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In this digital age, cross-site collaboration is more important than ever. Employees need to be able to work with each other no matter where they are. With cloud storage and other technology advancements, remote collaboration is easier than ever. 

But with the accessibility of data sharing and collaboration comes several challenges, most notably conflicting data modifications. Without proper communication, users can simultaneously work on the same data, nullifying each other’s work. And even with regular communication, mistakes happen and critical work can get overwritten. So, how can companies promote collaboration within a data set without compromising reliability and consistency?

Enter file locking — a data management feature that prevents users from modifying a specific file at the same time. File locks give a single user permission to access a file (or part of a file) at any given point in time. It provides the necessary framework for conflict-free data collaboration. Let’s take a closer look at some specific types of file locking.

Global File Locking Explained

Global file locking is a feature of cloud storage that ensures only one copy of a file is edited at a time. It eliminates confusion by enabling users to collaborate on the same set of data without the risk of working on top of each other.

One alternative to global file locking is versioning, which allows users to open a second copy of a file that another user is currently using. That second copy is tracked as a unique file. While versioning enables users to work simultaneously on the same file, any changes made to the individual copies must be manually integrated to ensure they are incorporated into the final version. 

But here’s the downside: global file locking can be expensive. Since it’s more advanced than standard file sharing options, services that offer global file locking are often sold at a higher price. Knowing this, companies should consider whether global file locking is an investment they want to make.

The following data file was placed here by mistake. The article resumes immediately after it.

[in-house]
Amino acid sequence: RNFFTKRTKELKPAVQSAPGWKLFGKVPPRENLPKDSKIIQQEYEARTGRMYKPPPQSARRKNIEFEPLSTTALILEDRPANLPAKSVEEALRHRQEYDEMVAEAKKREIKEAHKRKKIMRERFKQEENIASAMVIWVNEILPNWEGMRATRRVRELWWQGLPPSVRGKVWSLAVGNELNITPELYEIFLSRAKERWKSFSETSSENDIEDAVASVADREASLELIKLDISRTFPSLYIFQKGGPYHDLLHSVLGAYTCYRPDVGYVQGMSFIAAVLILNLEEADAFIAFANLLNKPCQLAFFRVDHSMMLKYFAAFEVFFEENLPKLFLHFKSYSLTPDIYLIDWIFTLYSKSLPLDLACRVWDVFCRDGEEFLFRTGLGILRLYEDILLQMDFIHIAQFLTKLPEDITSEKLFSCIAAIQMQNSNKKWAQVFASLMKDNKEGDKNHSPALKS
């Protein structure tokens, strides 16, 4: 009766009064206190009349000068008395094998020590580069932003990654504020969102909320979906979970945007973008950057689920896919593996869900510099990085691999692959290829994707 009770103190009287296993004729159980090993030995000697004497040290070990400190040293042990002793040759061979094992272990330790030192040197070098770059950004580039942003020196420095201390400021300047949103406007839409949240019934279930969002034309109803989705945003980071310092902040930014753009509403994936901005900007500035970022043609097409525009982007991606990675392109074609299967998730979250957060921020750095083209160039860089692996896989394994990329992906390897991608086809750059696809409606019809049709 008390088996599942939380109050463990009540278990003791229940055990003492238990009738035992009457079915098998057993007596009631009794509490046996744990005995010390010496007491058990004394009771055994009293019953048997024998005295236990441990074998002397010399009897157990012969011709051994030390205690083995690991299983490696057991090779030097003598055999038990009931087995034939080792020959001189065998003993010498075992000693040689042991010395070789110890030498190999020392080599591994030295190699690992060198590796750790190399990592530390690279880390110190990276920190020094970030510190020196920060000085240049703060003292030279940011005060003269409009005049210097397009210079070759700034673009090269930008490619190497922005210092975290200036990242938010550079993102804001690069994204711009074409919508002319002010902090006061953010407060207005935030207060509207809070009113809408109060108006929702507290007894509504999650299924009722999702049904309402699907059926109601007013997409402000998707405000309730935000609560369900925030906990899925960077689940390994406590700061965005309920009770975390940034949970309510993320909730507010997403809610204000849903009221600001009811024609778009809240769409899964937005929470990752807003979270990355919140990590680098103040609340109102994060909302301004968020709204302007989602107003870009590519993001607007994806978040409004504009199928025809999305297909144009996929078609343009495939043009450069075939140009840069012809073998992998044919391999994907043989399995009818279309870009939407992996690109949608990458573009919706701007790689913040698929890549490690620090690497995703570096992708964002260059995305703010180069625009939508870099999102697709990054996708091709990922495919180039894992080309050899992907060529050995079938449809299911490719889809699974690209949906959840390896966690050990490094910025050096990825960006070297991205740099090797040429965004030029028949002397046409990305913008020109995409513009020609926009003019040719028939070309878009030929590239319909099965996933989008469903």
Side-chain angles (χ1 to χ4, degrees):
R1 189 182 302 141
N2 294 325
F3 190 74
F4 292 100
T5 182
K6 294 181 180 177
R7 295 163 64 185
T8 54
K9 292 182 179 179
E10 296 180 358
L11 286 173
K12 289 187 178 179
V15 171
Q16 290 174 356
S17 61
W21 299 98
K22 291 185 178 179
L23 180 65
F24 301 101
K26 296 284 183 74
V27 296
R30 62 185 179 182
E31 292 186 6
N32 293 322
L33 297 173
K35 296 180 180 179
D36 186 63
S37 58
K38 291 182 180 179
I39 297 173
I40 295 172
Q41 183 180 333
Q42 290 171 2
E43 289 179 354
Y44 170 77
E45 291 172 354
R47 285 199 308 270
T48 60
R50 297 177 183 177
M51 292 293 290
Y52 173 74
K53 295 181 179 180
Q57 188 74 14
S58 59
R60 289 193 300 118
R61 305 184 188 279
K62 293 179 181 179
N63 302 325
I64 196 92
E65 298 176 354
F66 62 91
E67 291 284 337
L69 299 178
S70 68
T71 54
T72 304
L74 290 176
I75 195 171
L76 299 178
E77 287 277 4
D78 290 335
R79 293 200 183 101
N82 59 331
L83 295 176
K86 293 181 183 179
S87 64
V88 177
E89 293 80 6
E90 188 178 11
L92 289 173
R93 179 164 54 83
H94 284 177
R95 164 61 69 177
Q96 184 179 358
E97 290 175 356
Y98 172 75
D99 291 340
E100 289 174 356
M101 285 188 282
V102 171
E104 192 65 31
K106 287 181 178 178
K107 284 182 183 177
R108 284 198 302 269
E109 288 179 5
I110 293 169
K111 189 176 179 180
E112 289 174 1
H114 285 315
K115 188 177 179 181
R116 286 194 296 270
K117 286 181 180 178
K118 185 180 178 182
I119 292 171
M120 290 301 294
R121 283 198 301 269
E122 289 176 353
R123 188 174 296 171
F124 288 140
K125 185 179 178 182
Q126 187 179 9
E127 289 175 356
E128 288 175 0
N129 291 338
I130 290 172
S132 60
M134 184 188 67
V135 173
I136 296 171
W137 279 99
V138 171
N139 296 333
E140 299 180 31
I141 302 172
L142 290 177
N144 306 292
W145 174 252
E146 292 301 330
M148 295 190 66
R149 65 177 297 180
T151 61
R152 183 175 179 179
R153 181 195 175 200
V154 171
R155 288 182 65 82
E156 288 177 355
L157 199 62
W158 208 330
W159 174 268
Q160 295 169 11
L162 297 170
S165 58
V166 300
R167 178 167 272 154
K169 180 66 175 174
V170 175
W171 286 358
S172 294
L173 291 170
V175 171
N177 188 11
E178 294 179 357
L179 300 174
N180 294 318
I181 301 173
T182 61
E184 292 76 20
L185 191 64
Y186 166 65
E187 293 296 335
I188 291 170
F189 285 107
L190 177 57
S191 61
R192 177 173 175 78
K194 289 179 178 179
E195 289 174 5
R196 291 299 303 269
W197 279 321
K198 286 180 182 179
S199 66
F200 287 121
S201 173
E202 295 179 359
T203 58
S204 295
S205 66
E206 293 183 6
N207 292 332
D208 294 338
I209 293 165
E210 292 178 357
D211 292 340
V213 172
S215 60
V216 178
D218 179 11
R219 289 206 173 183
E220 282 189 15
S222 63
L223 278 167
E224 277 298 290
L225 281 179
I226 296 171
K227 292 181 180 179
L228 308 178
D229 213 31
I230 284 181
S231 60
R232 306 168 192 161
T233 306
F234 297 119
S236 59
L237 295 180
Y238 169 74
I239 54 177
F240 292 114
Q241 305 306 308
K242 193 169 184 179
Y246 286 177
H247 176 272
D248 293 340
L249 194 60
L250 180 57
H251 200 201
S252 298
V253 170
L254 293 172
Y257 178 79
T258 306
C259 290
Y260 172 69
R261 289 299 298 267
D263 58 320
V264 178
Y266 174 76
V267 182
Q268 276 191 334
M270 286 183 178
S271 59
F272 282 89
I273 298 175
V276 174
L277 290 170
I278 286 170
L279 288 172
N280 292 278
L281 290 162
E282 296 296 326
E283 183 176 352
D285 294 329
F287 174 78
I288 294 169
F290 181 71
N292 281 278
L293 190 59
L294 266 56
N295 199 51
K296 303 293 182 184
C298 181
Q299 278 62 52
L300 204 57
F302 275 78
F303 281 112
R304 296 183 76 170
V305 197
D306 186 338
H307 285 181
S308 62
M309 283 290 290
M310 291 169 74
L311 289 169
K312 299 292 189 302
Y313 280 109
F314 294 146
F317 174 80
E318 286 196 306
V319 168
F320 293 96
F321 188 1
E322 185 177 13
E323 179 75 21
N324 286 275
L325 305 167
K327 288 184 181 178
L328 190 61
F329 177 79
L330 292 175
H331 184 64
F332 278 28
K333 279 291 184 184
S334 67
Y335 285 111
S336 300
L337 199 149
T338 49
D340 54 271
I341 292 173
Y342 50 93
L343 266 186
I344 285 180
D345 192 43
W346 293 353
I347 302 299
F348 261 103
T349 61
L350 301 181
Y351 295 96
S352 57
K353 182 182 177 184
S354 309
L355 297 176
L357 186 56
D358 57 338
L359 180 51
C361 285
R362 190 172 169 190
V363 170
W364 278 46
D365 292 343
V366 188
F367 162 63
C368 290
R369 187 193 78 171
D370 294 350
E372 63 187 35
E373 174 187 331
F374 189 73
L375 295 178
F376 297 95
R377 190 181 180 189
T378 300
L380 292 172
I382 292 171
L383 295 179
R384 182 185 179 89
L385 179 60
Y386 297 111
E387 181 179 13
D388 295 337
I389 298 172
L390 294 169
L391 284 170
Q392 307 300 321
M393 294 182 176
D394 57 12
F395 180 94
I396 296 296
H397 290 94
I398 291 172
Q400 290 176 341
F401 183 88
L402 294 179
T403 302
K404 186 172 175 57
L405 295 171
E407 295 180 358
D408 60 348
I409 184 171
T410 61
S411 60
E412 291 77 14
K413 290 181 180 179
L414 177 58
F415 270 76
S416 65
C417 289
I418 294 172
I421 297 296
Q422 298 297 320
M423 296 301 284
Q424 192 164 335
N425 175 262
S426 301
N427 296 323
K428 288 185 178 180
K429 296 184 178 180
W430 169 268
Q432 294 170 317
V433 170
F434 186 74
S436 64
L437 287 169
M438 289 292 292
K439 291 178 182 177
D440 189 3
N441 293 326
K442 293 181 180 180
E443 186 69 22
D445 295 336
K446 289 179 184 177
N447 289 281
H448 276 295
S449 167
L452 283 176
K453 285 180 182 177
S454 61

Types of File Locking

If they’ve decided file locking is a critical solution for their needs, organizations will need to consider what type of file locking they want to use. There are several options with various benefits and drawbacks depending on the use case. 

1). Advisory Locking

Advisory locking doesn’t provide full protection against conflicting modifications because it relies on cooperation between users. Users can ignore an advisory lock, but that choice is strongly discouraged because it can lead to data corruption and inconsistency.

When a user requests access to a file, the advisory lock will notify that user that a lock is in place. Again, the advisory lock doesn’t prevent access; it only informs the user that they should avoid working on the file. When a user requests an advisory lock for a file, the system will check for any existing locks. If there are existing locks, it will return an error message.

Advisory locks are most effective if multiple users need to access a file simultaneously. However, those users should also communicate with each other so only one user is writing at a time. Even while an advisory lock is in place, other users can continue reading the file without causing problems. 

2.) Mandatory Locking

Mandatory locks are enforced by an operating system that prevents users from accessing or modifying a file that another user has already locked. Unlike with advisory locks, users can’t choose to ignore mandatory locks. If a user requests a mandatory lock but another mandatory lock already exists, the user will be denied access to the file until the other lock is released.

Mandatory locking is useful when a company needs to keep multiple users from modifying the same file simultaneously. In that case, this type of lock ensures data consistency and prevents file corruption.

On the downside, mandatory locking can create performance overhead and result in synchronization issues if not used properly. The feature is also not available on all files or operating systems, so companies should always verify it’s compatible with their systems before purchasing.

3.) Shared Locking

With shared locks, multiple users can access a file simultaneously for reading purposes only. All editing is prevented with a shared lock, which ensures consistency and integrity. Shared locks are granted to users if they don’t conflict with existing locks on a file. An exclusive lock can’t be granted until all shared locks are released.

Shared locks are excellent for companies looking to improve system performance and efficiency. However, if a file needs to be modified frequently, shared locking may not be ideal since editing is prohibited until all shared locks are released.